Simple But High Voltage Generator

This Electronic Circuit Project of high voltage generator circuit. This high voltage generator was designed  with the aim of testing the electrical break-down protection used on the railways. These  protection measures are used to ensure that  any external metal parts will never be at a  high voltage. If that were about to happen,  a very large current would flow (in the order  of kilo-amps), which causes the protection  to operate, creating a short circuit to ground effectively earthing the metal parts. This hap-pens when, for example, a lightning strike hits  the overhead line (or their supports) on the  railways.

This generator generates a high voltage of  1,000 V, but with an output current that is limited to few milliamps. This permits the electrical breakdown protection to be tested with-out it going into a short circuit state. The circuit uses common parts throughout: a  TL494 pulse-width modulator, several FETs or  bipolar switching transistors, a simple 1.4 VA  mains transformer and a discrete voltage multiplier. P1 is used to set the maximum current  and P2 sets the output voltage.

High Voltage Generator Circuit Diagram:

High Voltage Generator Circuit Diagram

The use of a voltage multiplier has the advantage that the working voltage of the smoothing capacitors can be lower, which makes them easier to obtain. The TL494 was chosen  because it can still operate at a voltage of  about 7 V, which means it can keep on working even when the batteries are nearly empty.  The power is provided by six C-type batteries, which keeps the total weight at a reason-able level.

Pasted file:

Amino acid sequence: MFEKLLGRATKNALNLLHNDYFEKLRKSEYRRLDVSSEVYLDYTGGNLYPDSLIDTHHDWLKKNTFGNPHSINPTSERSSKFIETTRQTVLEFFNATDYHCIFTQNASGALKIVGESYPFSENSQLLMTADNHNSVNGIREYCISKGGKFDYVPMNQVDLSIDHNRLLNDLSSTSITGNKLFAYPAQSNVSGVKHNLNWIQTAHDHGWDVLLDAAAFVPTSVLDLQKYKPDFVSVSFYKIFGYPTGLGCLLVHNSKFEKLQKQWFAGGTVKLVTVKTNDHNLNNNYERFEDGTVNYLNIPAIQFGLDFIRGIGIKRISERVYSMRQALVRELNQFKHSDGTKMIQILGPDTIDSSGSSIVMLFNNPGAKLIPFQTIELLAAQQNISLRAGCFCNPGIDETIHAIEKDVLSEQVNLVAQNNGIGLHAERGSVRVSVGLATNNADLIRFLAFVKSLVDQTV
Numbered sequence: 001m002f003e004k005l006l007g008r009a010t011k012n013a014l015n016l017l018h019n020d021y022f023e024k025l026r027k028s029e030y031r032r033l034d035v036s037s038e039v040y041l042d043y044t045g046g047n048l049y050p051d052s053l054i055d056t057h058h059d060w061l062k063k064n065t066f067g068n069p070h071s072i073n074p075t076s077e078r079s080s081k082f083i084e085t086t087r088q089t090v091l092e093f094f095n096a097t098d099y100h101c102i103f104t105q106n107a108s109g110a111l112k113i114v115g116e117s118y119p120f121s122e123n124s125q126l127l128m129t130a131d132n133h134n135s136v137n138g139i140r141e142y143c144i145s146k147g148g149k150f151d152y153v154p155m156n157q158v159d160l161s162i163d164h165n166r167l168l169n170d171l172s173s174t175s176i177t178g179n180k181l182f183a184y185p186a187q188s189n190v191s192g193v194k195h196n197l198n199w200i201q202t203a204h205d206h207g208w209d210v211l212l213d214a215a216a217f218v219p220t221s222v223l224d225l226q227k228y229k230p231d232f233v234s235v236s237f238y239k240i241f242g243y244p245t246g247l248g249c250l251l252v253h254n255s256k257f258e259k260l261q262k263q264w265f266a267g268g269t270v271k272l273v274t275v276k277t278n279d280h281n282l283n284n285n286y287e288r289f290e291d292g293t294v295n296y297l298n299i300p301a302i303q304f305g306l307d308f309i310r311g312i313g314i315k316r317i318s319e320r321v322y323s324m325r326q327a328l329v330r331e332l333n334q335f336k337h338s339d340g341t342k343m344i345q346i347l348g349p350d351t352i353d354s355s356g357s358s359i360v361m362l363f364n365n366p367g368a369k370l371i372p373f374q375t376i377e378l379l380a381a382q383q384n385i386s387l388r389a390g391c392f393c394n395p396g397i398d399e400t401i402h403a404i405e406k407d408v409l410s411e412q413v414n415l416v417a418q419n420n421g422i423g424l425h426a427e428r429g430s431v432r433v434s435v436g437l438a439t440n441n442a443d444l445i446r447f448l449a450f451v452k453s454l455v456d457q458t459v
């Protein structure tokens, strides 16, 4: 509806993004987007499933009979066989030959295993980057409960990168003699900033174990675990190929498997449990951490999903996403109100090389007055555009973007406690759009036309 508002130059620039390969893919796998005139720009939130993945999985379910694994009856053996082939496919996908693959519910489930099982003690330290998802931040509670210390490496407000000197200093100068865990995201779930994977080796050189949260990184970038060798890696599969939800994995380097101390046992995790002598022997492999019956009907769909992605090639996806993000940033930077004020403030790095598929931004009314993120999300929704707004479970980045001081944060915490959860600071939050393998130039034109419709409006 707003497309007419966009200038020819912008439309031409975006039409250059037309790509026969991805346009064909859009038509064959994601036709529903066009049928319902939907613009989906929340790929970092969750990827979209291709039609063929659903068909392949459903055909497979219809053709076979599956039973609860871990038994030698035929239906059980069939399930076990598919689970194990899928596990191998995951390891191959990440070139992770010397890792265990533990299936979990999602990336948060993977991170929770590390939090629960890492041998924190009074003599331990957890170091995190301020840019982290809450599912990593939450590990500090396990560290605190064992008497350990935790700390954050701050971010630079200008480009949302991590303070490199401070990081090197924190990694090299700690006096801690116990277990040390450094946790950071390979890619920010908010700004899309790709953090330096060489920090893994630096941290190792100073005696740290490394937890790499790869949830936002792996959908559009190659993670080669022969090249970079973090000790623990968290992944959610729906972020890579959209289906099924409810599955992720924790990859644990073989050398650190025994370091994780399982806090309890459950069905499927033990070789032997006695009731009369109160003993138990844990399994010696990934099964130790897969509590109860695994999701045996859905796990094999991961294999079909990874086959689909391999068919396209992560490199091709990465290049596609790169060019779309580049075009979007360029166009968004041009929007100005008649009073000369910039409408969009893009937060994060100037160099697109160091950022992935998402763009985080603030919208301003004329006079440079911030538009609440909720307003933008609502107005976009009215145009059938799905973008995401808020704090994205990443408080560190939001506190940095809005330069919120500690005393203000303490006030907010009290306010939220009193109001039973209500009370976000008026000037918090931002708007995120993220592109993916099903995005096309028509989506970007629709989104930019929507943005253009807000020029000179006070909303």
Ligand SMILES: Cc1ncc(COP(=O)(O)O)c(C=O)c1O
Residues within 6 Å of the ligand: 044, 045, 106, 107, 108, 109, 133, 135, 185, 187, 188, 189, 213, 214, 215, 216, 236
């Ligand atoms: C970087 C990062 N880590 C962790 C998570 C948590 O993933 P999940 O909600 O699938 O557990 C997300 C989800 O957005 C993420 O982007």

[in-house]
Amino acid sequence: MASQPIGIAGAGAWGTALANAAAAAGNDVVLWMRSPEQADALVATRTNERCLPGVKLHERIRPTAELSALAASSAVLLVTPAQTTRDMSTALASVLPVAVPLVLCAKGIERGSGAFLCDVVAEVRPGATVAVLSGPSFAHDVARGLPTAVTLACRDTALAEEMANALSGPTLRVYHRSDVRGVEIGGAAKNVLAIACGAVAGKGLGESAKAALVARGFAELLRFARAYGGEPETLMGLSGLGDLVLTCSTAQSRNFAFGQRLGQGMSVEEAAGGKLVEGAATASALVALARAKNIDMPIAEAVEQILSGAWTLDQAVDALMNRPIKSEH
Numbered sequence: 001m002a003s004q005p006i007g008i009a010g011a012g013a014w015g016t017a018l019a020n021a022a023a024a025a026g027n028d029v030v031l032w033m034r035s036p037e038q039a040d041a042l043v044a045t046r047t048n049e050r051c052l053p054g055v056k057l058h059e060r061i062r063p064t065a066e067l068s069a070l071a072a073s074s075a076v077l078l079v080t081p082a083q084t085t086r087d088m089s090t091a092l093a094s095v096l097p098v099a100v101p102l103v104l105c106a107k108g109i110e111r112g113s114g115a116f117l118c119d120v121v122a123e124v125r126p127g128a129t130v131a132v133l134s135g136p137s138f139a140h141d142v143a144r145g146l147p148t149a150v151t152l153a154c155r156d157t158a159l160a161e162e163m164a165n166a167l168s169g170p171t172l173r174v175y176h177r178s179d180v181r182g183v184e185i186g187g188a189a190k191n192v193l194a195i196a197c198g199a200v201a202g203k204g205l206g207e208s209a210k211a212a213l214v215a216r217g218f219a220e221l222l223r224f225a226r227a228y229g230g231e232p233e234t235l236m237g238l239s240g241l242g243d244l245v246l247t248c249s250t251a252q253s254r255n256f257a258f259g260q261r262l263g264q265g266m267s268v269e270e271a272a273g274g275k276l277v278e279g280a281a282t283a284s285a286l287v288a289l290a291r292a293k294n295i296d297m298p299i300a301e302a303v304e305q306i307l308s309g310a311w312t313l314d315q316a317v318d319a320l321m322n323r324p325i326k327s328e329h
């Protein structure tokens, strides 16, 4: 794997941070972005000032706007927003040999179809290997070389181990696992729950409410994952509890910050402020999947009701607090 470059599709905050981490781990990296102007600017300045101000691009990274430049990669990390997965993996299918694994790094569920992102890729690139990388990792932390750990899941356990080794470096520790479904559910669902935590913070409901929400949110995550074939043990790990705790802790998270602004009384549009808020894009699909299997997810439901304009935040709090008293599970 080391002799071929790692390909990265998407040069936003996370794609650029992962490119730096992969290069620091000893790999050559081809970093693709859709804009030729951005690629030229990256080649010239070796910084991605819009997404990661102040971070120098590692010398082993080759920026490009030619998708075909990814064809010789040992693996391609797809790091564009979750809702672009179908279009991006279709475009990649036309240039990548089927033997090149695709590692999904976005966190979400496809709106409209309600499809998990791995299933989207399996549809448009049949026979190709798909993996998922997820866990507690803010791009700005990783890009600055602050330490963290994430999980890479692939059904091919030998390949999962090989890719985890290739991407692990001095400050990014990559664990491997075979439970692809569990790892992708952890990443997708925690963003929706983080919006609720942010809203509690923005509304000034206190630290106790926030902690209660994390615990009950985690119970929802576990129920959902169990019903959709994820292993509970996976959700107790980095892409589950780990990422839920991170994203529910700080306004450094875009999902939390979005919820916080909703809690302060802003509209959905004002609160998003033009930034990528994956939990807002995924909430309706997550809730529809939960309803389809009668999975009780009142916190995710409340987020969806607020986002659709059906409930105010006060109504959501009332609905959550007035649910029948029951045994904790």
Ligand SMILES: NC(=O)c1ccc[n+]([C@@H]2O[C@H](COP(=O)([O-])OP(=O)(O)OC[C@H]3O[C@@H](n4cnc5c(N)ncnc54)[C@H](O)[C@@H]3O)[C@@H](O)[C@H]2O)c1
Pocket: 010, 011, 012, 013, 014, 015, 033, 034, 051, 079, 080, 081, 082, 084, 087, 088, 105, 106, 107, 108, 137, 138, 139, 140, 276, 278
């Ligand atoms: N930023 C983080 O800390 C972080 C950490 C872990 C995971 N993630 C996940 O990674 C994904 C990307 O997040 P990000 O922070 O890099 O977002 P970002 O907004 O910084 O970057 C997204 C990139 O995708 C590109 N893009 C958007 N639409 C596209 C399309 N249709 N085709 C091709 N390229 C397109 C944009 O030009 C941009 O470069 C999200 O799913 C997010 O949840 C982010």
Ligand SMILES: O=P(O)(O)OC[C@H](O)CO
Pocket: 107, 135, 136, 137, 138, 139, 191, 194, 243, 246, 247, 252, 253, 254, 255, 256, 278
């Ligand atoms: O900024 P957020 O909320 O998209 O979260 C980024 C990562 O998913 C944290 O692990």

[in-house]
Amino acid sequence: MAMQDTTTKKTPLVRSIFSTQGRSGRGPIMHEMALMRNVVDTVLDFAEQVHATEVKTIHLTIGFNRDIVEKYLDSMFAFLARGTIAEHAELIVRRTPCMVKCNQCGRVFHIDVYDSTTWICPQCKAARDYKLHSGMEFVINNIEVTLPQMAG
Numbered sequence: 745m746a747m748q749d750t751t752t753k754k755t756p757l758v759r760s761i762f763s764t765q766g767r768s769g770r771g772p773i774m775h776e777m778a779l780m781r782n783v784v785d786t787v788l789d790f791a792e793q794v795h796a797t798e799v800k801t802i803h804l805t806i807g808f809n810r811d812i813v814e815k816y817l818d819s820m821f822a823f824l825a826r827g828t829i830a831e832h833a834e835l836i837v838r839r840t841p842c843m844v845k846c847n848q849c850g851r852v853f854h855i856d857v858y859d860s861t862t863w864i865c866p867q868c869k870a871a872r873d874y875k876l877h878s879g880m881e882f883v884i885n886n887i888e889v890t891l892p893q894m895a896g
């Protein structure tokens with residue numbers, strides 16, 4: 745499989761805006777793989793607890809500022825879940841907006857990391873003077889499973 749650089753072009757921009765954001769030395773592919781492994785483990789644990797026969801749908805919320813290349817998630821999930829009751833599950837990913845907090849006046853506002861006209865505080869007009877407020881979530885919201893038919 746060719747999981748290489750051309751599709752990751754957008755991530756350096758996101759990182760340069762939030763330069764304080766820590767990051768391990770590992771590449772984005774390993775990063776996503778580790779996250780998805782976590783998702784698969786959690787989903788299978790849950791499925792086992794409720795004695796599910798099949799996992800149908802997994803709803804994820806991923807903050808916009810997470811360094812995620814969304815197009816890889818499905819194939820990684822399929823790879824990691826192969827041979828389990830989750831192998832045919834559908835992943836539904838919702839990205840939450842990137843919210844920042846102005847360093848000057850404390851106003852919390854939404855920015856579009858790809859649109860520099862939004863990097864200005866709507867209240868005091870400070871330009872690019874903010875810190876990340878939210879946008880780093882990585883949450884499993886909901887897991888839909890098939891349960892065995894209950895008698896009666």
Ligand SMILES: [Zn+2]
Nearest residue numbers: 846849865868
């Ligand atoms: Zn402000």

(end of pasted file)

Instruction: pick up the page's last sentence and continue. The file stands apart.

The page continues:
The 2x4 V secondary of AC power transformer  (Tr1) is used back to front. It does mean that  the 4 V winding has double the rated voltage  across it, but that is acceptable because the  frequency is a lot higher (several kilo-Hertz)  than the 50 Hz (60 Hz) the transformer is  designed for. The final version also includes a display of the  output voltage so that the breakdown volt-age can be read.

From a historical perspective there follows a  bit of background information. In the past a different system was worked  out. Every high-voltage support post has a  protection system, and it isn’t clear when  the protection had operated and went into  a short-circuit state due to a large current  discharge.

Since very large currents were involved, a certain Mr. Van Ark figured out a solution for this.  He used a glass tube filled with a liquid containing a red pigment and a metal ball. When  a large current discharge occurred the metal  ball shot up due to the strong magnetic field,  which caused the pigment to mix with the liquid. This could be seen for a good 24 hours after the event. After a thunder storm it was  easy to see where a discharge current took  place: one only had to walk past the tubes  and have a good look at them.

Unfortunately, things didn’t work out as  expected. Since it often took a very long  time before a discharge occurred, the pigment settled down too much. When a dis-charge finally did occur the pigment no  longer mixed with the liquid and nothing was  visible. This system was therefore sidelined,  but it found its place in the (railway) history  books as the ‘balls of Van Ark’. Link

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